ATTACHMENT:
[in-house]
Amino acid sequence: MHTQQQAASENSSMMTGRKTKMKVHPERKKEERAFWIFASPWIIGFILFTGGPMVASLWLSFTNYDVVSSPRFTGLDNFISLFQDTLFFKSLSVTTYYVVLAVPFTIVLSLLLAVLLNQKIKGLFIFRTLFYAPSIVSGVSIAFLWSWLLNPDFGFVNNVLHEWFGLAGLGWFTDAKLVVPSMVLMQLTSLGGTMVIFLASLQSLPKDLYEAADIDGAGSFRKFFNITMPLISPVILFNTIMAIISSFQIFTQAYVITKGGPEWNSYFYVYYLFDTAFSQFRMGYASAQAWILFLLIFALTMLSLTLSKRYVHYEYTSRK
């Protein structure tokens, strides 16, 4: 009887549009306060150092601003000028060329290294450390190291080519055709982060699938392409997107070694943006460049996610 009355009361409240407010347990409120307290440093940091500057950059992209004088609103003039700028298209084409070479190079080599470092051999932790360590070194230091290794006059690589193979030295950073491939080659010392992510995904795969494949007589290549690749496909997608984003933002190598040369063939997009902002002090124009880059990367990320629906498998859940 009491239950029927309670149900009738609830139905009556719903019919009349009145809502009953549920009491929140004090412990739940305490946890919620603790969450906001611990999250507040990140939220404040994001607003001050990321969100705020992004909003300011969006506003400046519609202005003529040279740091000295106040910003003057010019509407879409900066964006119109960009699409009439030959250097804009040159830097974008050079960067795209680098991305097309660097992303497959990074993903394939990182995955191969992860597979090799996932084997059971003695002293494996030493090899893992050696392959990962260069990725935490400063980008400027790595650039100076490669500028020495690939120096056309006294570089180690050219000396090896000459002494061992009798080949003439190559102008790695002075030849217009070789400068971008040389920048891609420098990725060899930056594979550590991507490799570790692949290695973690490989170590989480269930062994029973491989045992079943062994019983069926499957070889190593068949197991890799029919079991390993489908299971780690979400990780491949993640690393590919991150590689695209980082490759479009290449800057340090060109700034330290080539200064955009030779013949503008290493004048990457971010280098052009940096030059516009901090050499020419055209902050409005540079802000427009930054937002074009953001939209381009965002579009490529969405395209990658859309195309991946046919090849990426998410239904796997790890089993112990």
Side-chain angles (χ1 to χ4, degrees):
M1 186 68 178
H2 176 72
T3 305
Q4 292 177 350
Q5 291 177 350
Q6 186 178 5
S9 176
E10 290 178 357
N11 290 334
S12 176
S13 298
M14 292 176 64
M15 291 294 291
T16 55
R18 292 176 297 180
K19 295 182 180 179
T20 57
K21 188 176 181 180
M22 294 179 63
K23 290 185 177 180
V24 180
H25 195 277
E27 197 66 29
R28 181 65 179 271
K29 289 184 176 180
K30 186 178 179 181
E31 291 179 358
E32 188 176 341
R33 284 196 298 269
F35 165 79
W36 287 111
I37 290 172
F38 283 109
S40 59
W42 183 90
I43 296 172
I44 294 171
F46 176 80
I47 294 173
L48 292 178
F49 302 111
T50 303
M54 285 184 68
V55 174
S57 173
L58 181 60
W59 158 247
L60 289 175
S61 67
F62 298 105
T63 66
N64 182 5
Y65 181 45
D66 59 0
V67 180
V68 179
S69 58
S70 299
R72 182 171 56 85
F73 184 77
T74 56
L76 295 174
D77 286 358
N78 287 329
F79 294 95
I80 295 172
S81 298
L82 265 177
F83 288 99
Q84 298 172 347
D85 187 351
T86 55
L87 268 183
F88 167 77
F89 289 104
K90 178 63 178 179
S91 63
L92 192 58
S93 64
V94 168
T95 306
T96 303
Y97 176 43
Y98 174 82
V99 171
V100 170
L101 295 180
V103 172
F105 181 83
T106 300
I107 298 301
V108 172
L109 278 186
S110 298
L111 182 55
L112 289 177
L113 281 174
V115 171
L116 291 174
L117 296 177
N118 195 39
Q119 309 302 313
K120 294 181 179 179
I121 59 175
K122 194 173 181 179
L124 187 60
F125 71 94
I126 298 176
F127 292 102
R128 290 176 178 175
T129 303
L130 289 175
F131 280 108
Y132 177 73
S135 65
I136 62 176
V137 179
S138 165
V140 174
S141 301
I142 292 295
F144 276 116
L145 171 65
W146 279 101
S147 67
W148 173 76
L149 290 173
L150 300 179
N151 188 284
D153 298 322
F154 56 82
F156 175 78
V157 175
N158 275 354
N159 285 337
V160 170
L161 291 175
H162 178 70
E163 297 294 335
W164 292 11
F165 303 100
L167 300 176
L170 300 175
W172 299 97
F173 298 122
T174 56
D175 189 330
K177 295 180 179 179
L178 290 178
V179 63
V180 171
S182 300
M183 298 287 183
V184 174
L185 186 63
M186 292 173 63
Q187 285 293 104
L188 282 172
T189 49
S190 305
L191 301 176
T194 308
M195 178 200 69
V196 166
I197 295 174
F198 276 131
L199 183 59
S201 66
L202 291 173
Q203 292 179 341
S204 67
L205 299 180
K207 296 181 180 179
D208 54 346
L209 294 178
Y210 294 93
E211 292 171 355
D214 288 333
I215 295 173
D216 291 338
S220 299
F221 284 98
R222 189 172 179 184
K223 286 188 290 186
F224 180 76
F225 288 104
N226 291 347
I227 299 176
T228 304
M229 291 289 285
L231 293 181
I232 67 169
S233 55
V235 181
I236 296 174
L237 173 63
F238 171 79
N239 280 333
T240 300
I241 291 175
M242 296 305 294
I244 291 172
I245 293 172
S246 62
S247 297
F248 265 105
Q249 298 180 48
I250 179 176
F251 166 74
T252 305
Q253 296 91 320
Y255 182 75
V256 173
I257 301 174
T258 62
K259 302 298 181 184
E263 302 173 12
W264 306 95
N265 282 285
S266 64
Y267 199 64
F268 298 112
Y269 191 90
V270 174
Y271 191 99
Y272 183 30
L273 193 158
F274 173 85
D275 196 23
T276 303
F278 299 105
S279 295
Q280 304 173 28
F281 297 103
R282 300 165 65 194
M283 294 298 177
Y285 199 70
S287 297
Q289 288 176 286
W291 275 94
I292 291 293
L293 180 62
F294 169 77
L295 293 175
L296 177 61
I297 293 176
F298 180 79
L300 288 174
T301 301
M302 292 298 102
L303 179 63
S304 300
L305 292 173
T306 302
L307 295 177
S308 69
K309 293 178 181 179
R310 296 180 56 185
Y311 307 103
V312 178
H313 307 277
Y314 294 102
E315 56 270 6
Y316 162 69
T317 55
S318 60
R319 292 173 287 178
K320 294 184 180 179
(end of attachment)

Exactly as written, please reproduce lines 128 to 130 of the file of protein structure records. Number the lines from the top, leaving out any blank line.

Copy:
W146 279 101
S147 67
W148 173 76